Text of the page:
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Guest post by:
T. Ryan Littlejohn
Athletic Trainer
MUSC Health Sports Medicine

Everyone knows that water is good for you, right? It helps regulate body temperature and allows the body to function normally, but did you know that too much is just as dangerous as not enough? Learning the symptoms of dehydration and hyponatremia (depletion of sodium in the body) can be essential in protecting yourself and others during activity. The signs of dehydration can include: thirst, headaches, nausea, chills, vomiting, cramps and decreased performance. Early signs of hyponatremia, also known as water intoxication, may include irritability and headaches, but can also cause swollen hands and feet, nausea, vomiting and seizures.  If these symptoms are present, treatment should be sought out immediately. Man & woman drinking water from bottles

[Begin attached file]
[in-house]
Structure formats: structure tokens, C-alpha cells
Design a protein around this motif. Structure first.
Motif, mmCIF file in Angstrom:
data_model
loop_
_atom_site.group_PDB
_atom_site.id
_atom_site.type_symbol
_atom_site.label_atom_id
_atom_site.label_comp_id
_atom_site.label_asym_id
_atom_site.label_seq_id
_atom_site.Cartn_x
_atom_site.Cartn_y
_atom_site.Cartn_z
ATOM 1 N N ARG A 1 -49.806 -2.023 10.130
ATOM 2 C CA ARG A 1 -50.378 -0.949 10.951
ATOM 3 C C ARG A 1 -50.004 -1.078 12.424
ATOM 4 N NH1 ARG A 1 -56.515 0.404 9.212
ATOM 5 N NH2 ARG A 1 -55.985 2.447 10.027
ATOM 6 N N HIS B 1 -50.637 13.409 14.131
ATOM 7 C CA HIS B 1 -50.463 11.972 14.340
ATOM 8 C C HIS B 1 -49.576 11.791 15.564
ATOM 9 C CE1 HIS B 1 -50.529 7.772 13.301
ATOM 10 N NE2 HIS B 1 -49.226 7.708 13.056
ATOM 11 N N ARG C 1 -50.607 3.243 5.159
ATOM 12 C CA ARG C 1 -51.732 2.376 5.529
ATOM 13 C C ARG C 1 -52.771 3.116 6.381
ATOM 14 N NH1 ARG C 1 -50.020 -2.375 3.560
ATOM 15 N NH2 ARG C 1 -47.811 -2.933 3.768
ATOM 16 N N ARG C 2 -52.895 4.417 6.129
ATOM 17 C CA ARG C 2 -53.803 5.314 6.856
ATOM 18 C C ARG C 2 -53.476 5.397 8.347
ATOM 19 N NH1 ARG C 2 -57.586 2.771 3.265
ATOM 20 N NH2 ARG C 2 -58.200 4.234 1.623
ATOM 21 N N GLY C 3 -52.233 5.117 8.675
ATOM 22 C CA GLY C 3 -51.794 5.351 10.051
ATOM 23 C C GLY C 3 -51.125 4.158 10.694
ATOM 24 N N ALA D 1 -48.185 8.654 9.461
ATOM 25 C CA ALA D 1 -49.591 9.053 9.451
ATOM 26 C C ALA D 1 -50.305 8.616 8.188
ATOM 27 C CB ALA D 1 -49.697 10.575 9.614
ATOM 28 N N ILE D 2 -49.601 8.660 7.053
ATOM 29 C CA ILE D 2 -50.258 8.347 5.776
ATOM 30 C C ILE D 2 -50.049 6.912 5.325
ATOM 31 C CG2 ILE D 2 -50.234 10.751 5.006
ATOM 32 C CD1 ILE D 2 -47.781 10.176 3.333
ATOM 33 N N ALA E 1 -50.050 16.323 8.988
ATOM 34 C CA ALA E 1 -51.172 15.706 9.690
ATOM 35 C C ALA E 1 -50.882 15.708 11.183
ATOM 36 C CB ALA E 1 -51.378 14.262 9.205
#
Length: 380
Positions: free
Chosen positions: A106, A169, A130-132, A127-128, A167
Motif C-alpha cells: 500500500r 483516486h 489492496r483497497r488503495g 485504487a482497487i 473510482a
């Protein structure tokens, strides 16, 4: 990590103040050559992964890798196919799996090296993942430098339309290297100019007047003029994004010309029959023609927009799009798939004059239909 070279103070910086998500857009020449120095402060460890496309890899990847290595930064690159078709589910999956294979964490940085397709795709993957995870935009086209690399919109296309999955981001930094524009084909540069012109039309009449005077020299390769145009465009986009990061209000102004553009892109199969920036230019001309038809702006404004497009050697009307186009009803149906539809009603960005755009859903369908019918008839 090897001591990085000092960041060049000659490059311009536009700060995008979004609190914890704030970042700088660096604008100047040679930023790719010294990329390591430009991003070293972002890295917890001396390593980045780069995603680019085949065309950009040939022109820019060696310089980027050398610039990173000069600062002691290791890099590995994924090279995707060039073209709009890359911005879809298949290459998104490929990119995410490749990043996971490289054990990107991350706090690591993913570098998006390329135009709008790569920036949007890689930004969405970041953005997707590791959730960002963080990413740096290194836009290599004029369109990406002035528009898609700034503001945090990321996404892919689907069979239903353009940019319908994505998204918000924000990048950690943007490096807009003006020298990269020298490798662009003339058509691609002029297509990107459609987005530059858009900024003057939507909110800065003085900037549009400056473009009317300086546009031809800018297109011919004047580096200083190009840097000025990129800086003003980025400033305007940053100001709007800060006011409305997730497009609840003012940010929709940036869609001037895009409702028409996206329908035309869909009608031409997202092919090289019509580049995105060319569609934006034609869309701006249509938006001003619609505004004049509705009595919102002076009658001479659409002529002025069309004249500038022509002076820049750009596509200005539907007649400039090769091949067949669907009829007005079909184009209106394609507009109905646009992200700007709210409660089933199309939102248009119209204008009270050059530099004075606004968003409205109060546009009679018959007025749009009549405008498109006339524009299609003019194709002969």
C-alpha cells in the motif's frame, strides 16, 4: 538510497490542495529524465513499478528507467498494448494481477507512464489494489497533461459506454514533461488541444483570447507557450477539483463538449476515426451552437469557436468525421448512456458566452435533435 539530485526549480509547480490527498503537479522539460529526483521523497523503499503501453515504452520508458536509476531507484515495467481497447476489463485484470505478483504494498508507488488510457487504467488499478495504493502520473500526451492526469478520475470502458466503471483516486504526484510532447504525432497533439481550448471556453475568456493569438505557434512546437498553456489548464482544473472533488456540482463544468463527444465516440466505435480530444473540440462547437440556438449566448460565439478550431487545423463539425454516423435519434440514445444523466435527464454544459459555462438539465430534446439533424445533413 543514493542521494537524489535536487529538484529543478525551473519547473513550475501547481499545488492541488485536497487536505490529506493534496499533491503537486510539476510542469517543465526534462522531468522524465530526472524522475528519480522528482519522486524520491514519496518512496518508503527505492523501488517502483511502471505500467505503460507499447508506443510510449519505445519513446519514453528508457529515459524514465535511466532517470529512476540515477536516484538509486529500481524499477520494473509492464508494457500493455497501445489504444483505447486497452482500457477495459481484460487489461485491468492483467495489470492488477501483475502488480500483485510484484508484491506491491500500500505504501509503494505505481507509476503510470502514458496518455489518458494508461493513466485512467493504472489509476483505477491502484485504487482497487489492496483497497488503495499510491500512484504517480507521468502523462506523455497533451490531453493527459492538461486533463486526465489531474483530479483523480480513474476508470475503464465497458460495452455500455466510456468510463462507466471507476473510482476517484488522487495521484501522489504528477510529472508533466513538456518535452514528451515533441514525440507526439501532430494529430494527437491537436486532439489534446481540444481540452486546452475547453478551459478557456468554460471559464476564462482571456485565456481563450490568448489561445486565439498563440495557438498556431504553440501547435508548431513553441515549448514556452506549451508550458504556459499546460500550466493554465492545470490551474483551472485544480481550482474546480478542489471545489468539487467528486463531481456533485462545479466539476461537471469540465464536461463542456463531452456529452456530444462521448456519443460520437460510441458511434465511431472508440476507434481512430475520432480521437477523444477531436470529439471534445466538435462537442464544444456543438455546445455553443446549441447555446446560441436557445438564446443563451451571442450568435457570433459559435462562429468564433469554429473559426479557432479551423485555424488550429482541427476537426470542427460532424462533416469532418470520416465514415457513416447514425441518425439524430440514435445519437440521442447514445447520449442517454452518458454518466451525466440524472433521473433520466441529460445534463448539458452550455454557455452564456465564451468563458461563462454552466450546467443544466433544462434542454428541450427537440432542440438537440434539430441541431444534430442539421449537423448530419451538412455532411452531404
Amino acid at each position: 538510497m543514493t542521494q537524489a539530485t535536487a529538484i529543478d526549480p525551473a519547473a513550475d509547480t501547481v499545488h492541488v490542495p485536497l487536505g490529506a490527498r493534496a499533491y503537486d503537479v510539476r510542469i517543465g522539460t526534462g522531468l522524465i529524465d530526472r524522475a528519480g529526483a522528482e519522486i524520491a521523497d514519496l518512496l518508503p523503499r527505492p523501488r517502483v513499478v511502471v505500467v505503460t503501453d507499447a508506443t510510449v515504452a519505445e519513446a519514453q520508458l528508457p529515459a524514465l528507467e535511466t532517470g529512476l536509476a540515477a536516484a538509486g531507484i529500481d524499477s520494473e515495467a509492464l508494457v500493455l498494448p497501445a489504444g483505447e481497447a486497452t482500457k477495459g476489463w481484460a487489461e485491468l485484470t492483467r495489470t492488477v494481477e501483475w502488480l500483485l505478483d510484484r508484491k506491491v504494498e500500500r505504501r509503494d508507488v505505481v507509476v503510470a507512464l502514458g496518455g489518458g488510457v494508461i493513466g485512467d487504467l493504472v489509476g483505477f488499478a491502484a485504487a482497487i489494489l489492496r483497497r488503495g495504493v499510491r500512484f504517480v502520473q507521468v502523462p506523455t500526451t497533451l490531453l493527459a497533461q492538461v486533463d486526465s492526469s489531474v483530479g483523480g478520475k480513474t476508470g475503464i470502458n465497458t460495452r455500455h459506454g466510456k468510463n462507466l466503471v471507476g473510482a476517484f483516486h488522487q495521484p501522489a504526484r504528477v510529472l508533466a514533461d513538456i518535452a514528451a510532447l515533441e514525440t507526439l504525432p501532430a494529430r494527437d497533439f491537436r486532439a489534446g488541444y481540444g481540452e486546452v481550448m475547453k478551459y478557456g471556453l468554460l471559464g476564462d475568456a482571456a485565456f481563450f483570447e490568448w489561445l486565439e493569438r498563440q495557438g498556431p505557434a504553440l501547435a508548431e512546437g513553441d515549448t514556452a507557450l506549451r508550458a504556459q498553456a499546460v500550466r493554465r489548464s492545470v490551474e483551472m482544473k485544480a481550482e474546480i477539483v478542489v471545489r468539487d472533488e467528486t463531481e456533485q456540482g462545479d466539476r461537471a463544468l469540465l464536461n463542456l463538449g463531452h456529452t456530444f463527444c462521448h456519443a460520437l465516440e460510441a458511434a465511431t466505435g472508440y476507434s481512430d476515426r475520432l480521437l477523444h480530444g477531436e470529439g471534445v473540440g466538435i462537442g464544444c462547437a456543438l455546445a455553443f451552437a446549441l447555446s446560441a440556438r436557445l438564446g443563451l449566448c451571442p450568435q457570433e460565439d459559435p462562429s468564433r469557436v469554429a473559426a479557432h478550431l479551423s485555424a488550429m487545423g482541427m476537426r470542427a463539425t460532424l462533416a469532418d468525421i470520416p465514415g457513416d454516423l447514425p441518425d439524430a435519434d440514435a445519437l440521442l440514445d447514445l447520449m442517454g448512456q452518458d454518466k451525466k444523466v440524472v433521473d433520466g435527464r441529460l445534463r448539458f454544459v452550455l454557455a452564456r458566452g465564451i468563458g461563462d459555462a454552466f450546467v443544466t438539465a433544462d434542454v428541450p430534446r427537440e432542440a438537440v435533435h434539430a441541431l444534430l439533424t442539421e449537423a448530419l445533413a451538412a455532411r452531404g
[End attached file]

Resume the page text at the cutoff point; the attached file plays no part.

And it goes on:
Determining your sweat rate is a great way to make sure you are ingesting the correct amount of fluids. This information should not replace your health professionals advice, but is a good starting point for assessing hydration. To find your sweat rate follow this example.

Sweat Rate = (A + B) ÷ C
A= Pre-exercise weight – Post-exercise weight in ounces. (1 pound=16 ounces)
B= Fluid consumed during activity in ounces (1 cup=8 ounces; 1 gulp=1 ounce)
C= Exercise duration recorded in hours.

Example: During Tims outdoor activity he worked out for 60 minutes and drank 8 ounces of fluid.  His pre-exercise weight was 150 pounds and post exercise weight was 149 pounds.